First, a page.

I love this country; I love what we stand for and I love what we can be in the future. It is my duty, as a tax-paying, flag-waving member of this society, to speak out when I think this nation is headed down the wrong path, and I firmly believe we have strayed from the path we should be on.

Let’s hope we can once again find that path before it grows over with weeds and becomes forever hidden from view.

2012 William D. Holland (aka billybuc)

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    • carol7777 profile image

      carol stanley 4 years ago from Arizona

      Well you got my dander up. Didn't realize that no American cars in top ten. I am feeling self-righteous today as we have two American cars. I know how shoddy products are in the store..and just check the label..well you know the answer to that. I really enjoyed reading this..actually did not enjoy hearing all this stuff as it just reinforces what all of us know. I am sharing on facebook to get the word out a little. Very well written as always Bill...

    • billybuc profile image
      Author

      Bill Holland 4 years ago from Olympia, WA

      Thank you Carol; interestingly, the most reliable poll is one that Americans take.....the Japanese cars are the ones the public feels are most reliable. Obviously, the American public has very little faith in American cars. What a turnaround! Anyway, I appreciate you as always and I want to see a new hub from you.

    • CloudExplorer profile image

      Mike Pugh 4 years ago from New York City

      I own a Nissan Altima Bill, and me and my wife are about to sell it to a friend in need of a car really bad, and for 100 dollars, does that count for anything (:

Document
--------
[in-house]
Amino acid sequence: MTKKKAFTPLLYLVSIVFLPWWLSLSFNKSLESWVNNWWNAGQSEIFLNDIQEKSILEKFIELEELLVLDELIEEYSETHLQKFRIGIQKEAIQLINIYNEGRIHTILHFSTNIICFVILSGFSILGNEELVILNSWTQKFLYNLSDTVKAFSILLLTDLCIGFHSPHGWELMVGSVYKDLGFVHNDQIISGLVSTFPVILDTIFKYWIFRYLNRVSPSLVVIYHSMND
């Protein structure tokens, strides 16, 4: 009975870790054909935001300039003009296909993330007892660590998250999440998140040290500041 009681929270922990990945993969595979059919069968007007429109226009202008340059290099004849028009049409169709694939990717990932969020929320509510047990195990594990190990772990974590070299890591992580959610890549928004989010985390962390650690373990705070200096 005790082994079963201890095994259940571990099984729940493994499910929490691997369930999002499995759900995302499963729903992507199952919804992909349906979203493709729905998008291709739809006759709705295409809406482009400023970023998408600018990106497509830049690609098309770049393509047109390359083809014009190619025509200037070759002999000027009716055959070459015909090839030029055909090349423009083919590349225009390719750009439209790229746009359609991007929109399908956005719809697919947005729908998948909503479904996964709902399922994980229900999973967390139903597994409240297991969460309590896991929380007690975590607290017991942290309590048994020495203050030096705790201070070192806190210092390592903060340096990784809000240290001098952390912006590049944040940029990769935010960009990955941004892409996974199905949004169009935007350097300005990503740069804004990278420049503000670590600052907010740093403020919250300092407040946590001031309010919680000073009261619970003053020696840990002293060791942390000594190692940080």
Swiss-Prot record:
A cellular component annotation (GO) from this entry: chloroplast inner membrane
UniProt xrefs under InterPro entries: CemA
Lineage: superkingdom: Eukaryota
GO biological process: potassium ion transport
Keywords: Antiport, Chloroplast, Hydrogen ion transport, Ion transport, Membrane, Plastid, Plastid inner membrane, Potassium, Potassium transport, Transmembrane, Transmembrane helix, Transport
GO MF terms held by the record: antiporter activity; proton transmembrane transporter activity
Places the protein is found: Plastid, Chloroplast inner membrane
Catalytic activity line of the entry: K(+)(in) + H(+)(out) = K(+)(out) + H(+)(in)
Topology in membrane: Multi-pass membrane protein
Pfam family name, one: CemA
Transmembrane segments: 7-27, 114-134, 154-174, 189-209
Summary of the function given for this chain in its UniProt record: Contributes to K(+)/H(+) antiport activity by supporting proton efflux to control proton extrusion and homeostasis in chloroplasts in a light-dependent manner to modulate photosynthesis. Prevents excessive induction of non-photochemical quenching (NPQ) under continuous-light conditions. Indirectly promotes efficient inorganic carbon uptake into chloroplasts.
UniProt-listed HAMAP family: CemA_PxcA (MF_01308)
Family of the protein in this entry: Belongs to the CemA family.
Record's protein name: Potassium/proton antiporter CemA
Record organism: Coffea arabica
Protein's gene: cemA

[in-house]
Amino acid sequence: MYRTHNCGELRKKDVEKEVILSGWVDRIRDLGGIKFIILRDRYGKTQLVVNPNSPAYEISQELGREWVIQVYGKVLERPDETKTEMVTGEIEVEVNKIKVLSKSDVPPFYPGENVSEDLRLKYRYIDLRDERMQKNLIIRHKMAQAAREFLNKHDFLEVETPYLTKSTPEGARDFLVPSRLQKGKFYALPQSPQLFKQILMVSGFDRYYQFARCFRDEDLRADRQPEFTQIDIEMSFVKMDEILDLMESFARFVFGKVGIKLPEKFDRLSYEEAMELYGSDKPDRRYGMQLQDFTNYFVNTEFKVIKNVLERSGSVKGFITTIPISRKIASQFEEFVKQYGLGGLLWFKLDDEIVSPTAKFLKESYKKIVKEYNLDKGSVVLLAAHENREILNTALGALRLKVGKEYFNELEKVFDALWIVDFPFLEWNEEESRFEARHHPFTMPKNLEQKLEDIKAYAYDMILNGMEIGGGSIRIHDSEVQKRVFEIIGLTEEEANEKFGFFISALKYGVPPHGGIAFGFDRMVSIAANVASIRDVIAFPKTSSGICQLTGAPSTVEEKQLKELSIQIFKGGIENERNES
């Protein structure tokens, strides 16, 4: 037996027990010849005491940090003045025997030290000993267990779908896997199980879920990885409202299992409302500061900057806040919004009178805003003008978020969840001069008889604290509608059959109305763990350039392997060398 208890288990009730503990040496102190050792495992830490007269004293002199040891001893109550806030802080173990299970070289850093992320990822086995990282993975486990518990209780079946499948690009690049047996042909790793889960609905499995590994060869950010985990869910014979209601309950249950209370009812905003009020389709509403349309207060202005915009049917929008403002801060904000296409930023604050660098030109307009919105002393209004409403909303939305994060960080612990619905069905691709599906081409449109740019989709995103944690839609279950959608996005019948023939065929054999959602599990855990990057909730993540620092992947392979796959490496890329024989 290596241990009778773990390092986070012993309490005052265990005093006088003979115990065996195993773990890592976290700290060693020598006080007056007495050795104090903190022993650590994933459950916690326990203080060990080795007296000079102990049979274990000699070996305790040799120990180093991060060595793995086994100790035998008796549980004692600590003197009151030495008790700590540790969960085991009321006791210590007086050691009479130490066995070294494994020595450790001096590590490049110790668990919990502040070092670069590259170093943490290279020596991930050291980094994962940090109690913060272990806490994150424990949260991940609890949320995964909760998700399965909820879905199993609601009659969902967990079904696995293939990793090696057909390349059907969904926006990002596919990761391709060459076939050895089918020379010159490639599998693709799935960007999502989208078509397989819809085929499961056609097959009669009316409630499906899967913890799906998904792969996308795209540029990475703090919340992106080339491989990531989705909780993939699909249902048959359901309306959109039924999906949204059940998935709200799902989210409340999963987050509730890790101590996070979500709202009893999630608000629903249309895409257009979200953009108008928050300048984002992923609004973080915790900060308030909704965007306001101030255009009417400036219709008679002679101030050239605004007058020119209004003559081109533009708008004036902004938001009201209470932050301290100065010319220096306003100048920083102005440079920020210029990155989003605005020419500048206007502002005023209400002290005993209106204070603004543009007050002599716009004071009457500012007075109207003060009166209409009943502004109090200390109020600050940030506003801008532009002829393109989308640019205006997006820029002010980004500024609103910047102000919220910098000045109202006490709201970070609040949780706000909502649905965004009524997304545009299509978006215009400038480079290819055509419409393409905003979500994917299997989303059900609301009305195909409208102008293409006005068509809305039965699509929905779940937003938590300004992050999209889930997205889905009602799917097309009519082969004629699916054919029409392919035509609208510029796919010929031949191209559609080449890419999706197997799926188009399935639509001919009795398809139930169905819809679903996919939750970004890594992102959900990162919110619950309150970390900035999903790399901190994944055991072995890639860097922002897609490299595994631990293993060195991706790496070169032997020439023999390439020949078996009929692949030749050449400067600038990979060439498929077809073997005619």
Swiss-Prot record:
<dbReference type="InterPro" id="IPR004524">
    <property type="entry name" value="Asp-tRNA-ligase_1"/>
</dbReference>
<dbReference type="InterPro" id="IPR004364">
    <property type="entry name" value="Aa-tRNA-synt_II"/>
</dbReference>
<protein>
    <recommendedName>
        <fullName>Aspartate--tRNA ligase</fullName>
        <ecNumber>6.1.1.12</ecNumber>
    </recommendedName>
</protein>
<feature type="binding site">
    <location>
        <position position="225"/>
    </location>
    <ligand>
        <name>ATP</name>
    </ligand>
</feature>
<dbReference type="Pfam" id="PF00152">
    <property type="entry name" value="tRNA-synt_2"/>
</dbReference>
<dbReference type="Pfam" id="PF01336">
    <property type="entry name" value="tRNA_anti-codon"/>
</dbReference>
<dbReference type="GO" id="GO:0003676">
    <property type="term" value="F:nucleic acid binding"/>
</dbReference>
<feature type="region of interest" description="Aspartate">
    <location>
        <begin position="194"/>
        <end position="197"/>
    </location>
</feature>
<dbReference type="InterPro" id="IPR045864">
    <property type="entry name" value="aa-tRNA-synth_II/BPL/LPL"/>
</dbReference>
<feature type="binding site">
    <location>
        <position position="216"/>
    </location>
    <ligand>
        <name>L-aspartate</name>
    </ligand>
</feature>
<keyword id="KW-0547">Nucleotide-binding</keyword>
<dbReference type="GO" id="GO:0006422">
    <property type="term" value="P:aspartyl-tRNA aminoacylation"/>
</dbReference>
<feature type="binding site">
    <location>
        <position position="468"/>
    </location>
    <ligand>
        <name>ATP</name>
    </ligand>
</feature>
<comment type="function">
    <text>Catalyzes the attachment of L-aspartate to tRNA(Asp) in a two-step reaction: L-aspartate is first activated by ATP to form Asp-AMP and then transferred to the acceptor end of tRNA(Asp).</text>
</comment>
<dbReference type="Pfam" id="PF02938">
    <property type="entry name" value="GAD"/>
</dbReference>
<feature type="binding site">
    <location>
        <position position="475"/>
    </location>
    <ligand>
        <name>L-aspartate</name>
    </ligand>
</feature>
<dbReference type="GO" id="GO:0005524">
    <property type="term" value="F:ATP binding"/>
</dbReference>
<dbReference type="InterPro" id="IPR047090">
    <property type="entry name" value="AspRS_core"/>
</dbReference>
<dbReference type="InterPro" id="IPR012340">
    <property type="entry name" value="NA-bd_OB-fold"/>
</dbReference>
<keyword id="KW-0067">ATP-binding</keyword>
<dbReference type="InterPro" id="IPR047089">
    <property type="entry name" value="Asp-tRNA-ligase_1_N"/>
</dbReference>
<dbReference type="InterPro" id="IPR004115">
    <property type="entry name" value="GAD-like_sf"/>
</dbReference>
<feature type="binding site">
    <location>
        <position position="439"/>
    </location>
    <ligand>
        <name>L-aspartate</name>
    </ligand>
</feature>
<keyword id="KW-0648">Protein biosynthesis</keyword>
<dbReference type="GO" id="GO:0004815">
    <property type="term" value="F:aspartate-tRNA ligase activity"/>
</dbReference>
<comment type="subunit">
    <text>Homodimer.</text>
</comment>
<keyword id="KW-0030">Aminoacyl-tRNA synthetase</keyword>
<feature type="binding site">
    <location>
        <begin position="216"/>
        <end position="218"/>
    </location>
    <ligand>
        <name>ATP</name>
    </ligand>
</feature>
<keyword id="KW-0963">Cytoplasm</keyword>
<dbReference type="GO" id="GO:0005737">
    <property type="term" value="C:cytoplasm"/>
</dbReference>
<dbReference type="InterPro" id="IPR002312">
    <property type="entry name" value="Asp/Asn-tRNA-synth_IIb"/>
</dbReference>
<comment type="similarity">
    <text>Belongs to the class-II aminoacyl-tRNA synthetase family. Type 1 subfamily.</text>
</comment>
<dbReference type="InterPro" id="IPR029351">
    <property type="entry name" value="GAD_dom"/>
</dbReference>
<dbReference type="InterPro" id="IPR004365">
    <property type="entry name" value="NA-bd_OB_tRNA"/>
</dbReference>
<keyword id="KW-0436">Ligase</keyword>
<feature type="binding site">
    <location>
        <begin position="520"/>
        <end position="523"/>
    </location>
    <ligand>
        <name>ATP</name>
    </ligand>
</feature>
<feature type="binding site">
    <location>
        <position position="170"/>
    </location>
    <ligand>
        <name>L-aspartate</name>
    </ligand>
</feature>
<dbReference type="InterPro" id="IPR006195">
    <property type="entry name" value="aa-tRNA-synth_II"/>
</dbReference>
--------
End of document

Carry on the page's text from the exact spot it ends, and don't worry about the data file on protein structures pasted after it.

I guess it does when you think about all the monies being spent all these years by politicians and the likes and so frivolously (Forget about the American people's over spending right, like you said here), but who knows where its all leading us American people to, maybe off to Jupiter or Saturn LOL. (maybe I should buy a Saturn next off of my hubpages Millions I'm earning today, LOL more like hubpages 50's every 2 months Hah!)

      I loved your hub here bro, as you always do, you pinned the tail on the donkey when it comes to the American experience, the state of the economy, but this time you threw it into a sort of Automotive political spin bonanza of astronomical repercussions if none of us Brain washed, programmed, hypnotized, mind controlled zombies don't ever awaken out of our deep slumber.

      Awesome hub, love the stats, the factoids about American, compared to foreign cars, and political mambo jumbo towards the end. Nicely written too Bill Bravo! Thumbs up and out!

    • jainismus profile image

      Mahaveer Sanglikar 4 years ago from Pune, India

      Great information, thank you for sharing it.

    • billybuc profile image
      Author

      Bill Holland 4 years ago from Olympia, WA

      You know what, Mike? I would be happy if every American bought American-made cars, but why should they? If the businesses don't care enough to make quality products then I don't care enough to buy them. When they want to live up to their social contract then I'll be glad to praise them openly.

      Hey, buddy, I like the idea about buying a Saturn. LOL Too funny!

      Thank you my friend; I hope you have a great weekend.

    • billybuc profile image
      Author

      Bill Holland 4 years ago from Olympia, WA

      Jainismus, thank you very much for the visit.

    • CloudExplorer profile image

      Mike Pugh 4 years ago from New York City